Some of the standout elements of the interiors would have to be the large central screen, which makes its presence felt purely thanks to its size and clarity. Then, of course, there’s the wonderful sounding Burmester high-end sound system with 24 speakers. Other than the lovely sound, the one thing that impressed me most about the system were the gorgeously ornate speaker grilles that dotted the cabin – including one mounted in the roof! Special mention should also go to the seats, which are wonderfully comfortable. The rear seats even feature two fold-out aluminium tables for passengers to place their laptops and work in a true mobile-office. Of course, the rear seat occupants are also treated to a rather soothing hot stone massage – a function built in to the seats. And this is one feature that I, naturally, felt compelled to spend a lot of time testing.
Our test car was the S500, fitted with a twin-turbocharged V8 petrol engine producing 453bhp and 700Nm of torque, which gives the car very impressive performance given its size. At launch, this will be the only engine option available – but you can expect the smaller engined versions to follow soon enough. On the road, the thing that strikes you the most is the sheer isolation from the noise and chaos around you – a defining feature of all good luxury cars. In addition to that is the smoothness of the powertrain and how slick everything feels to touch and operate. Then, of course, there’s the ride, which is outstanding no matter what the terrain. Despite the fact that the test car was fitted with 19-inch wheels, the ride was simply brilliant – thanks to the standard-fit Airmatic air suspension. The new S is also helped by two advancements in this generation – one, the structure of the new car is now 100kgs lighter than the last gen despite growing in size, and, secondly, it now boasts of an aerodynamic drag coefficient of just 0.24. Both these factors contribute positively to the efficiency and agility of this S-Class.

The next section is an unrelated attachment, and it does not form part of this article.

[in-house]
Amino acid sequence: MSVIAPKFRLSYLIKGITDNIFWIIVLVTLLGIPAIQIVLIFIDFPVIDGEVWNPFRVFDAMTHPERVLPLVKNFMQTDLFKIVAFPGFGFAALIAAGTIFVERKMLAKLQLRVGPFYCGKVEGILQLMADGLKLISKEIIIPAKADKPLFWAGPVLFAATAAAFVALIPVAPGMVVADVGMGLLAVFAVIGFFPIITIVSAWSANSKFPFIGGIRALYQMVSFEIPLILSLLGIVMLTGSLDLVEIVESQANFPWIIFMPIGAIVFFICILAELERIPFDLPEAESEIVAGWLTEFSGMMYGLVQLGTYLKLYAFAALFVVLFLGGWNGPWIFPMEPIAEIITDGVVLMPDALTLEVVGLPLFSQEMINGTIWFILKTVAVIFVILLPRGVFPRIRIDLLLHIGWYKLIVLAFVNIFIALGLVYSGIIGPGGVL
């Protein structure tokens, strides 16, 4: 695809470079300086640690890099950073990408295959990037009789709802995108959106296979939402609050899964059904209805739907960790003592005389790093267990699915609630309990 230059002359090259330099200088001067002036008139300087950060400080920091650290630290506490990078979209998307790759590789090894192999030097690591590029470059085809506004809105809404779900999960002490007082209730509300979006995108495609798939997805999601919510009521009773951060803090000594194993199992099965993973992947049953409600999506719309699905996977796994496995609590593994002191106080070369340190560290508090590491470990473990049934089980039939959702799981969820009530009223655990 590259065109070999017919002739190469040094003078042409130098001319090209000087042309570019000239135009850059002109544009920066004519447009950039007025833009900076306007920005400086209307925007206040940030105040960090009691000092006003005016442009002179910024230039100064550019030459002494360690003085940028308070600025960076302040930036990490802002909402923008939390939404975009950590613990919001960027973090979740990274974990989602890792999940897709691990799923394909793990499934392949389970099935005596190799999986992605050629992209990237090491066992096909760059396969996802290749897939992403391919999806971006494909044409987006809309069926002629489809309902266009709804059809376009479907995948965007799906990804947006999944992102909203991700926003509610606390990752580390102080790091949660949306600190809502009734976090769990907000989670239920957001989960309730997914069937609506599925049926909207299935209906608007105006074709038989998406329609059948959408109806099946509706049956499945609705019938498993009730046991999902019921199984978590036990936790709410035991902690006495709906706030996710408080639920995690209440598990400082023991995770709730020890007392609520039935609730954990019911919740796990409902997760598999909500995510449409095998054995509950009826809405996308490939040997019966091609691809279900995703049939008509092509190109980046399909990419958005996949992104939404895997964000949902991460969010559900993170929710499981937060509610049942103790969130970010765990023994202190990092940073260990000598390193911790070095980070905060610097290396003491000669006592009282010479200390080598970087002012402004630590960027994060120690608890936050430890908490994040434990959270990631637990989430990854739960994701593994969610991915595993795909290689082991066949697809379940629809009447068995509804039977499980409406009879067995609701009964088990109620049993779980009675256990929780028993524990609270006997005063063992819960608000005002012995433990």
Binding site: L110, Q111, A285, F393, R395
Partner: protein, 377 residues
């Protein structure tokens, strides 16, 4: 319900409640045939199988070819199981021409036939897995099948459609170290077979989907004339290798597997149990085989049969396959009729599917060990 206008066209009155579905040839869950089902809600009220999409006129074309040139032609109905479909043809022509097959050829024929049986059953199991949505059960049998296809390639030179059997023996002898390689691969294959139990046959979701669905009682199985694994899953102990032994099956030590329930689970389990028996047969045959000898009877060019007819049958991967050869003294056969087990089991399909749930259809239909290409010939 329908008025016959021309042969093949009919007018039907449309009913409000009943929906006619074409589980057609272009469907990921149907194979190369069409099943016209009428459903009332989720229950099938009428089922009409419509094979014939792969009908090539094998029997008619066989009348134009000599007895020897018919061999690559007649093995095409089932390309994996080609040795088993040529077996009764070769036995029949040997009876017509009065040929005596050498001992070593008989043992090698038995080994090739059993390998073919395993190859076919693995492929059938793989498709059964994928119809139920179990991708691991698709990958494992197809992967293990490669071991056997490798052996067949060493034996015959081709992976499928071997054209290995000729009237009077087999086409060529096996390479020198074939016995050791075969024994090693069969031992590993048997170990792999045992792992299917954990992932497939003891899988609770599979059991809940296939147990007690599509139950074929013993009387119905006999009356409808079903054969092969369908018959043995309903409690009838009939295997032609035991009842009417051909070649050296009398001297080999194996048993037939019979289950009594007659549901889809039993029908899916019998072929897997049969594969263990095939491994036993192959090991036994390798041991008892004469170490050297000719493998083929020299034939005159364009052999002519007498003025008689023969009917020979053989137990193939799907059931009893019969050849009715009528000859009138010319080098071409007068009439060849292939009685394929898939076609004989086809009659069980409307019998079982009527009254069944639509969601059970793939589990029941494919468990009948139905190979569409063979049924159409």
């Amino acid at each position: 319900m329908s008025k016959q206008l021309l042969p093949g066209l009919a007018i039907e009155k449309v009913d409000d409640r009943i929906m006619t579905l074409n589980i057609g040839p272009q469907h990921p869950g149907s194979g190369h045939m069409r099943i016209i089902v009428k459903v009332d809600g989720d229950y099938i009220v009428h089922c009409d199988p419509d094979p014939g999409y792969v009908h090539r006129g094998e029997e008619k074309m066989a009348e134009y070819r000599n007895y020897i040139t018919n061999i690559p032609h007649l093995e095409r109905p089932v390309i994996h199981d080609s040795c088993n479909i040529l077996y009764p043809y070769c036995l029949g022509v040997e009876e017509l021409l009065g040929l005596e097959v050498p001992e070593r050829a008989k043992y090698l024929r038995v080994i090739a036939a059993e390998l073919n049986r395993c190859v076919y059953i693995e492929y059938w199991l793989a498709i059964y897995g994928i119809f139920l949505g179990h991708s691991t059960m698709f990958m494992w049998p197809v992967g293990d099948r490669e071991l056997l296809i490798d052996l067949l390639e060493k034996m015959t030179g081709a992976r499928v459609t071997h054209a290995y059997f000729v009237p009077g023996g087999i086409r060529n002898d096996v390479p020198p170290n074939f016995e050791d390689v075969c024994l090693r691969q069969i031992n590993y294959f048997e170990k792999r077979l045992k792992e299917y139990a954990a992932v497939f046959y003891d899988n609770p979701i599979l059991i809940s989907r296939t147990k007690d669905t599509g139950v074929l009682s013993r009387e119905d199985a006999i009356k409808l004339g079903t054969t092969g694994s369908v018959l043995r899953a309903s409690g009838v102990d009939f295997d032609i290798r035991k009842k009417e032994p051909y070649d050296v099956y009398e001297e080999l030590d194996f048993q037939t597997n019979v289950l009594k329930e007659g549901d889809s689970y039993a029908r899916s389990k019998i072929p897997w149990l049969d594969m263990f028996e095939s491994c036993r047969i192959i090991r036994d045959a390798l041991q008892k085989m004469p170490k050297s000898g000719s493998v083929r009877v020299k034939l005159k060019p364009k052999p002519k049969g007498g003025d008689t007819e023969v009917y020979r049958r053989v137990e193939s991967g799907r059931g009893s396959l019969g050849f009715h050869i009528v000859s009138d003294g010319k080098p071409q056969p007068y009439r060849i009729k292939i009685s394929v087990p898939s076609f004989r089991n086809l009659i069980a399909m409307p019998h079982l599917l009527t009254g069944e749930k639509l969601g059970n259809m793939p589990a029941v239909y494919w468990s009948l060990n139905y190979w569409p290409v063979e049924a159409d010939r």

Of course, the car is not absolutely perfect. It I were to nitpick – the steering, while accurate, lacks any kind of feel. It’s just never seems to give you much idea of what’s going on, especially if the car is being driven enthusiastically. The gearbox, while still a seven-speeder, benefits from major some changes – mainly from the fitment of a brand new torque converter. And this seems to work fairly well, but take control of it via the paddles and its clear that it isn’t the fastest gearbox around. However, the big engine’s torque and power deliver such seamless grunt that it doesn’t seem to matter much.
But, in highlighting both these shortcomings we could be missing the point completely. After all, the raison d’etre of the S-Class is not for someone to drive it around like a sports car, but, rather, for the sahib to be chauffeured around in absolute luxury. And in that respect, there is no better car in its segment than this one. The feeling of sitting in its back seat, with cavernous amounts of space, surrounded by all the gadgets you could wish for, and, of course, that beautifully comfortable ride creates an aura that practically nothing else can match. So, while it may be a tad unfair to award it the crown without a direct battle against its competitors, the little time I spent in the car has me clearly convinced that this is the new top-dog of the luxury segment. And this is also a clear warning from Mercedes to its competition – the three-pointed star is back in top form once again, and how!